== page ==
By Maureen West, General Counsel/Compliance Officer, Functional Remedies
Creating a regulatory framework is a major undertaking. The 2018 Farm Bill, which authorized the USDA to regulate the cultivation of industrial hemp, has proven to be a big job for USDA regulators. Many state departments of agriculture are also busy creating their own regulatory framework. Individuals, many of whom have never been involved in a regulatory process, have become passionate about promoting the interests of hemp farmers and are working side-by-side with others including lobbyists and special interest groups.
The challenge for all of these “players” is to strike the right balance between too much government regulation that unnecessarily burdens hemp farmers against insufficient regulation that leaves hemp farmers uncertain about how to safely grow hemp.
With all the attention targeted towards hemp regulation, it’s worth noting that government regulation is everywhere and impacts almost every aspect of our daily lives. Hemp farmers and individuals interested in hemp farmer regulation can learn a lot from studying other government regulation models particularly those models that issue licenses. This approach can bolster advocacy for hemp regulation and save time by not re-inventing the regulatory wheel.
One issue that government regulators frequently grapple with pertains to the criminal background of applicants. Many types of applicants are subject to this scrutiny including doctors, nurses, barbers, midwives, acupuncturists, plumbers and electricians. In some regulatory programs, any history of criminal conduct may serve as a ground for denial of an application. In other regulatory programs, the applicant’s criminal conduct won’t serve as a basis for denial unless the conduct relates to the type of license being sought.
Although a government agency may deny an application, the denial may be overturned if there is statutory law that requires the government agency to consider whether the applicant has been properly rehabilitated. When this type of statutory law exists, and if the applicant can provide sufficient evidence that they are now a law-abiding citizen who has paid their restitution to society, a court is likely to find that the applicant is entitled to the license. In the interest of good public policy rehabilitation should be encouraged and recognized because of its benefit to society as a whole.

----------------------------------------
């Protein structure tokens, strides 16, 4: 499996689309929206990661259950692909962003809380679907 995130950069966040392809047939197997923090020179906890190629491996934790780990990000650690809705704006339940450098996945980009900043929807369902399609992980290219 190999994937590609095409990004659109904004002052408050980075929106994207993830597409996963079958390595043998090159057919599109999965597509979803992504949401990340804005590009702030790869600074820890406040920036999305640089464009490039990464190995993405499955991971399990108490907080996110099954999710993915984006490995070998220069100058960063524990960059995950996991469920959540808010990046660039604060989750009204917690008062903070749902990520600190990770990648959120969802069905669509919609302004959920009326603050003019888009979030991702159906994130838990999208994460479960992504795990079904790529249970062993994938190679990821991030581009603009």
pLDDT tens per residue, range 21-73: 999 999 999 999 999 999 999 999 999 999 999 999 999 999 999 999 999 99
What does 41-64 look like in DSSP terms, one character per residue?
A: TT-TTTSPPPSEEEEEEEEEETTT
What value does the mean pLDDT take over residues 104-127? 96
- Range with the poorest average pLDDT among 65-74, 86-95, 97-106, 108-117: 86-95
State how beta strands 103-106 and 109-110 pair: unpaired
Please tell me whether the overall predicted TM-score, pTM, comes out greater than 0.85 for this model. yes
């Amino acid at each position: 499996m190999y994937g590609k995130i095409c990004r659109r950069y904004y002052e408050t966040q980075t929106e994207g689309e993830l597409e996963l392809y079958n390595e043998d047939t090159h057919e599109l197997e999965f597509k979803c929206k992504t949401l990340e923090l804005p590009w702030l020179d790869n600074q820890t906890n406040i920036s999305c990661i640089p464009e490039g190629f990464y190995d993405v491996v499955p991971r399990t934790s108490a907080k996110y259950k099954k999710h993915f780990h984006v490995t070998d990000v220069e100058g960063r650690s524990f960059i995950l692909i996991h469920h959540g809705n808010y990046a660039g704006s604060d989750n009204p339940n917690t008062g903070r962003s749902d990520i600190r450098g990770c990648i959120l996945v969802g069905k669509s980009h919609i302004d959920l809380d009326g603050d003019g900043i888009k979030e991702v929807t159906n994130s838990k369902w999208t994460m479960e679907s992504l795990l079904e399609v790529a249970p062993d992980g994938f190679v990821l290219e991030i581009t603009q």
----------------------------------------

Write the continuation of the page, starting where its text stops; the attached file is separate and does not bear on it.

Arguably, it makes for bad policy when a regulatory rule provides a definitive time period during which a hemp farmer with a drug related offense is strictly prohibited from being issued a hemp grower license. Consideration about whether the applicant is rehabilitated is an equitable approach and affords the applicant an opportunity to move on with their life. If doctors and nurses who demonstrate rehabilitation can be issued a license which permits them to provide direct patient care, shouldn’t this same opportunity be afforded to a hemp farmer applicant who simply wants to grow a crop?
Another issue typical of licensure regulation pertains to the definition of “reasonableness.” In its final interim rules, the USDA makes reference to whether a farmer has made “reasonable efforts to grow hemp.” Essentially this provision poses the question of whether the farmer took reasonable steps to avoid growing hemp that exceeds the 0.3% THC threshold. In the regulatory arena, what constitutes “reasonableness” is most often the subject of hot debate that prompts a battle of the experts, both of whom are qualified to speak about what they believe is “reasonable.”
During this infancy stage of growing hemp in the United States, it’s questionable whether it is even possible to accurately determine what “reasonable” hemp growing entails. There exists a lack of information about how a given crop will perform when exposed to different altitudes, temperatures and other environmental conditions which exist in different parts of the country and even within a state. If other, more seasoned regulatory bodies, face challenges about with the meaning of “reasonableness” it’s fair to conclude that it’s premature for the USDA to hold hemp growers to this standard.
Regulation of any type of license is an ongoing exploratory process where rules are constantly subject to change. There is a lot of work to do and it’s going to take a lot of heavy lifting to move hemp farmer regulation forward. Looking to other regulatory models won’t provide all of the answers, but it might lighten the load.
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Maureen West is the General Counsel and Compliance Officer for Functional Remedies, LLC, a hemp oil product manufacturing company headquartered in Boulder, CO. Prior to joining Functional Remedies, Maureen served as the first Industrial Hemp Program Manager in the United States at the Colorado Department of Agriculture. Prior to entering the industrial hemp industry, Ms. West provided legal counsel as an assistant attorney general for the Colorado Office of the Attorney General where she represented over a dozen regulatory boards including the Dental Board, Nursing Board, Physical Therapy Board, Acupuncture and Direct-Entry Midwife Programs. Ms. West is an adjunct professor at the University of Denver where she teaches Health Care Public Policy and the Legislative Process and Legal Issues in Global Health Care Management.